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Logos: A Journal of Catholic Thought and Culture 8.4 (2005) 158-164
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Introduction to Dorothy l. Sayers "Are Women Human?
from Unpopular Opinions: Twenty-One Essays
Perhaps due to a youthful obsession with Nancy Drew, it wasn't until my first semester of graduate school that I considered the mystery novel to be anything other than a pleasant but forgotten pastime. But one day in class, and in a tone that made it seem as though it were common knowledge, a theology professor mentioned that theologians tended to like really good mystery stories. This came as a bit of a surprise to me, but since a theologian was what I hoped to be, I decided that perhaps I ought to read one. That very [End Page 158] afternoon, I went to the university library and by some stroke of good fortune, found a shelf full of the work of Dorothy L. Sayers.
I had heard of Sayers years before in connection with the PBS television series The Nine Tailors. So, I picked up that volume first—I think more out of a fond association with Alastair Cooke's eloquent commentary on the doings of the hero, Lord Peter Wimsey, than because I remembered any details of the plot. I found Wimsey entrancing and entered into his gentlemanly, Victorianesque approach to solving murders with fascination. He was erudite and elegant, possessing a depth of refinement and a breadth of knowledge that left me longing for the graceful living of an earlier time. I developed an insatiable appetite for more of his adventures and hungrily read all thirteen of them, from the moment of his creation in Whose Body? (1923) to the final novel in the series, Busman's Honeymoon (1937), in which Sayers finally marries Peter off to Harriet Vane, a young detective novelist he met in an earlier novel (Strong Poison, 1930) while trying to solve the mystery of who had killed her lover.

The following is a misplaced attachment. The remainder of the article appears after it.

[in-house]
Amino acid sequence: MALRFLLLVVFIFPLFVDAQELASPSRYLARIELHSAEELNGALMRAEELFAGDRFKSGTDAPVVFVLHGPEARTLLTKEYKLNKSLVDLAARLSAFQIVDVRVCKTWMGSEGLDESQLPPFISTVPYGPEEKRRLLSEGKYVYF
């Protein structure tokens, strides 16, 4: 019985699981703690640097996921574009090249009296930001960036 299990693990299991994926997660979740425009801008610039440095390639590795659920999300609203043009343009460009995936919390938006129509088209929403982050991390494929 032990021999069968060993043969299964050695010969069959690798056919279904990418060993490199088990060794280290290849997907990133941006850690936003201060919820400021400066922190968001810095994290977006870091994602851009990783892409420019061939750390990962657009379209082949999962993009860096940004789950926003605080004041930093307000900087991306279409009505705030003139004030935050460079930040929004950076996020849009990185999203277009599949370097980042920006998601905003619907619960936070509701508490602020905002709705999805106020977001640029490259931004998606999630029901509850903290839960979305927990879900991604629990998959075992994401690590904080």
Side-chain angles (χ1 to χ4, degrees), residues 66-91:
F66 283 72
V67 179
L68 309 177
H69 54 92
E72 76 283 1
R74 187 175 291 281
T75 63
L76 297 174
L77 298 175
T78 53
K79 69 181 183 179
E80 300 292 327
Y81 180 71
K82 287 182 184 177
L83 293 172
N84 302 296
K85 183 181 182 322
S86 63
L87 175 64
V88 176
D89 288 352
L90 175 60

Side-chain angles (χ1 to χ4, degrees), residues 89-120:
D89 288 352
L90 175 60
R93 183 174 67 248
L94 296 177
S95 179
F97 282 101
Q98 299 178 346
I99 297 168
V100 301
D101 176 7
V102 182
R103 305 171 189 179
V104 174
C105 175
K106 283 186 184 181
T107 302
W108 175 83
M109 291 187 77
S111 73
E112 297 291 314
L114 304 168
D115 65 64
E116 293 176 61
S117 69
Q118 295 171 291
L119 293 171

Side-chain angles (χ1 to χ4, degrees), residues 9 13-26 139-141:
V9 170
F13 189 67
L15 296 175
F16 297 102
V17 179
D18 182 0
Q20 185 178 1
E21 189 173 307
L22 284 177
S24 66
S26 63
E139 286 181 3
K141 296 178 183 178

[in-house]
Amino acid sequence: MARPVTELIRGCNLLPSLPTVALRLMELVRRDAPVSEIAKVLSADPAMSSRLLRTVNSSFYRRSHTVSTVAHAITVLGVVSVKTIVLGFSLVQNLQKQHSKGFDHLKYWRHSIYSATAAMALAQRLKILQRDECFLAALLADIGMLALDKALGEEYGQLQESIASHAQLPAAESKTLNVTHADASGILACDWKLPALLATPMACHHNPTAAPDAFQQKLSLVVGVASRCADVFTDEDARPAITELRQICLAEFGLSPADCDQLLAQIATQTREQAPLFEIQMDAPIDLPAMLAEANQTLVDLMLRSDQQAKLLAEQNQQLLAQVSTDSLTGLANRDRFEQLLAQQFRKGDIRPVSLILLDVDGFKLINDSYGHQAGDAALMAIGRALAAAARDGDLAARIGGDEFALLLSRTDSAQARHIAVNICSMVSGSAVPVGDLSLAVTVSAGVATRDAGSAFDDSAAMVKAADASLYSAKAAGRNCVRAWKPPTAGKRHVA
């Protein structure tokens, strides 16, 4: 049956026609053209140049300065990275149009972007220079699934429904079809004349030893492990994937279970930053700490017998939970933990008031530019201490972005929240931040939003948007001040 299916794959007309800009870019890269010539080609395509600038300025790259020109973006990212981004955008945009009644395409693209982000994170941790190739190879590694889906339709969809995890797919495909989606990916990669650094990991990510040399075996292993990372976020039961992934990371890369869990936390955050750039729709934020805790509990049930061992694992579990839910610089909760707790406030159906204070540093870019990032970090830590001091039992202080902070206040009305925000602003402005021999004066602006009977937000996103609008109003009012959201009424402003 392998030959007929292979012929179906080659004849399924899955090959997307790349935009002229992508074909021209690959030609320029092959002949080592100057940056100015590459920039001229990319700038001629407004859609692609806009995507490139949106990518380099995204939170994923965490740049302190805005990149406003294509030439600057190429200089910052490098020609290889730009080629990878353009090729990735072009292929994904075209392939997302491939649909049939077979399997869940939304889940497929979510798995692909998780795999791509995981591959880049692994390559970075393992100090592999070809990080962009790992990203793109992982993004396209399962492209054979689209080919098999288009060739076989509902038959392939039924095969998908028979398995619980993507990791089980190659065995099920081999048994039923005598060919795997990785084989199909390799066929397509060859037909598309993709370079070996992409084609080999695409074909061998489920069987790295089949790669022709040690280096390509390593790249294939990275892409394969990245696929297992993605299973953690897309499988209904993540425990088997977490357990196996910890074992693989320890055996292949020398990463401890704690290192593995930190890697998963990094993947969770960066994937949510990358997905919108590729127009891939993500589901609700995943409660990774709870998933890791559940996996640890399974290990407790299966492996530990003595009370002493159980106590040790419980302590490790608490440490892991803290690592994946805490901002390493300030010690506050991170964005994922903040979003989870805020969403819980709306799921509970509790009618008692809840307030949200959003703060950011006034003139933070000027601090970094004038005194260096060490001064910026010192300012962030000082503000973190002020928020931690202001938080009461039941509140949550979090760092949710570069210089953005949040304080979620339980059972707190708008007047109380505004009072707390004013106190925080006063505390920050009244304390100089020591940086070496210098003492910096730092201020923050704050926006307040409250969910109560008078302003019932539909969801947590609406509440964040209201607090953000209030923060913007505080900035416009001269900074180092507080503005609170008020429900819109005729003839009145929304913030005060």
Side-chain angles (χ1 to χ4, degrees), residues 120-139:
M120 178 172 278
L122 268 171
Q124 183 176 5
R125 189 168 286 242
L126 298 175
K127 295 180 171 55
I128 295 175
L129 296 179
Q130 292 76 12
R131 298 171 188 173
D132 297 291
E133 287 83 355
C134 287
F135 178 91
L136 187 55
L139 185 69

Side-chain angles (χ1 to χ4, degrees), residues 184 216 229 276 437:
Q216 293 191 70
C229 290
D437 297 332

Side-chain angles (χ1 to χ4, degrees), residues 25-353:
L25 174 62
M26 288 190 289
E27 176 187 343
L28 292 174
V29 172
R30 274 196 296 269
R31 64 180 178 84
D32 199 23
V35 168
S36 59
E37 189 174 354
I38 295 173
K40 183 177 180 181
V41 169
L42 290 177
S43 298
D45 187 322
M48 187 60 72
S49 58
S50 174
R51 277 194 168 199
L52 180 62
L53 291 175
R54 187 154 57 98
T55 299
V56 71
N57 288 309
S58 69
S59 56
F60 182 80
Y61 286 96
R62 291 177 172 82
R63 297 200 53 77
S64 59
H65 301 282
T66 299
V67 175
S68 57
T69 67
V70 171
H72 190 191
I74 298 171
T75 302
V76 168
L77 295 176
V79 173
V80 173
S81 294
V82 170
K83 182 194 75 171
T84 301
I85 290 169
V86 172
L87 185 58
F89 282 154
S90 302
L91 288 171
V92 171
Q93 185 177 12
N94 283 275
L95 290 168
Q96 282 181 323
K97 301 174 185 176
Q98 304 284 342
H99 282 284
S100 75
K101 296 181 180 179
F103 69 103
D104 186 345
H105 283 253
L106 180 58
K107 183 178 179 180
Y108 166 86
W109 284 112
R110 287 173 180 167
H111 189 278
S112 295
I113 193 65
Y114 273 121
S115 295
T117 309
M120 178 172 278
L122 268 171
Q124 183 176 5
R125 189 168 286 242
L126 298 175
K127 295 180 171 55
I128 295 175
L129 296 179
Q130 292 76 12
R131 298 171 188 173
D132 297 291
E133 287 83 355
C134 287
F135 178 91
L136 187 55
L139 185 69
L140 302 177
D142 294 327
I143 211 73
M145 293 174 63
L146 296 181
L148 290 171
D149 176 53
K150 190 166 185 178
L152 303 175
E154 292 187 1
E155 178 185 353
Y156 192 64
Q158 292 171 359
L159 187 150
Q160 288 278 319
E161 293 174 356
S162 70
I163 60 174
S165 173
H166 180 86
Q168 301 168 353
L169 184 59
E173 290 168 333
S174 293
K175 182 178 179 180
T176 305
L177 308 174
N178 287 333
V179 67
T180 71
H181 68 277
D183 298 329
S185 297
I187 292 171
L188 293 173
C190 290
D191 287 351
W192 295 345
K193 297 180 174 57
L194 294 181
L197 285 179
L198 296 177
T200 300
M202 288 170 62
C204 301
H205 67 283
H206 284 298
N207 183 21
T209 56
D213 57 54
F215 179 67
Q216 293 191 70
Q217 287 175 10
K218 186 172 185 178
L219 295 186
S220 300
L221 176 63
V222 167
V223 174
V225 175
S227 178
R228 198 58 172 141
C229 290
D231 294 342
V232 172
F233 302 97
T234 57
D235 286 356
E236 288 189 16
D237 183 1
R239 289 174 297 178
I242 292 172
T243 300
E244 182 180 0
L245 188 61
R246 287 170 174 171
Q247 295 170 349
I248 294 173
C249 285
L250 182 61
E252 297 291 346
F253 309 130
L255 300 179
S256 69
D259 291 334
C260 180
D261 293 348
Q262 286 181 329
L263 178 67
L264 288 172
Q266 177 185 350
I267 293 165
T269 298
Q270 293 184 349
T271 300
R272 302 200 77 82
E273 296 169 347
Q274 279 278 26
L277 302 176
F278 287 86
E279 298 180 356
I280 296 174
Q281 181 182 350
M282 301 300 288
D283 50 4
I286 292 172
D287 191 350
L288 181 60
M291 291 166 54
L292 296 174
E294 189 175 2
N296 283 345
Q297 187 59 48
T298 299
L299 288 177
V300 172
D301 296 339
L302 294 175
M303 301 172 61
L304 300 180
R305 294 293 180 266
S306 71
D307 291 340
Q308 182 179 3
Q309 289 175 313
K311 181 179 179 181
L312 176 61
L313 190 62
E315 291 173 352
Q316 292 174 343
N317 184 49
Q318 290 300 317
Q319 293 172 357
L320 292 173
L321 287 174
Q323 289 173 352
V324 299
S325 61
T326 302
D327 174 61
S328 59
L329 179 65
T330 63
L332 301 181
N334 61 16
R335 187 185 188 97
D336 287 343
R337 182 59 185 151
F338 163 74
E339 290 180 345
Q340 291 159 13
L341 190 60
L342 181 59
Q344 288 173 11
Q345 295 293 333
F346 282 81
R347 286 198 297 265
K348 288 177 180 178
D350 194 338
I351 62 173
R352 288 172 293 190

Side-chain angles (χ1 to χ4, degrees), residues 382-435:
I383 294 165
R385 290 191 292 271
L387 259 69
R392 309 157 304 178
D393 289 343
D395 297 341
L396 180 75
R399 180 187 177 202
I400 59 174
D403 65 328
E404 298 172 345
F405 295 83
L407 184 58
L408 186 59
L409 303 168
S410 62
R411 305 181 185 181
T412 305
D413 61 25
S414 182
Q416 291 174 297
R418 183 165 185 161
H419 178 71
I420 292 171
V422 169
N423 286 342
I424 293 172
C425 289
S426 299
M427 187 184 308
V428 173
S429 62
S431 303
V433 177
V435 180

When I finished the series, I found myself at a loss. I was torn. I felt I simply had to have another novel to read; it relaxed my brain at the end of a stressful day of classes and study. But I could not ignore the shelf in the library where several other volumes of Sayers's work silently waited. Somewhat reluctantly, I resigned myself to my addiction and returned to the familiar aisle like a horse trotting back to the barn. I reached for a book of essays: "Hmm, Unpopular Opinions."1 The title certainly had some appeal, suggesting a fearless analysis and a certain contrariness, not unlike Lord Peter's own inimitable style. I opened the volume, and instead of Dorothy Sayers the mystery writer, I encountered Dorothy Sayers the theologian.
Dorothy L. Sayers was born in June 1893 at Oxford, the only child of an Anglican minister. Unusually gifted, she could speak and read Latin by the age of seven, learned French from her governess, and published her first book, a volume of verse, at twenty-three. She studied medieval literature and modern languages, earning a master's [End Page 159] degree in 1915, one of the first women to be granted a degree from Oxford University. A devout Anglican, she numbered C. S. Lewis, G. K. Chesterton, and Father Ronald Knox among her friends and associates.
While she is best known for her detective stories, Sayers devoted the last twenty years of her life to other genres.2 She wrote and scripted radio plays, primarily religious dramas, for the BBC. She considered doctrinal questions (The Mind of the Maker, 1941) and reflected on Christian living and belief (Creed or Chaos? 1947). She was a skilled translator, producing translations of Tristan in Brittany and the Song of Roland from the medieval French. She also has to her credit several works on Dante, including an acclaimed translation of The Divine Comedy. She wrote critical essays on a variety of topics. Dorothy Sayers was a remarkable woman—in a sense, ahead...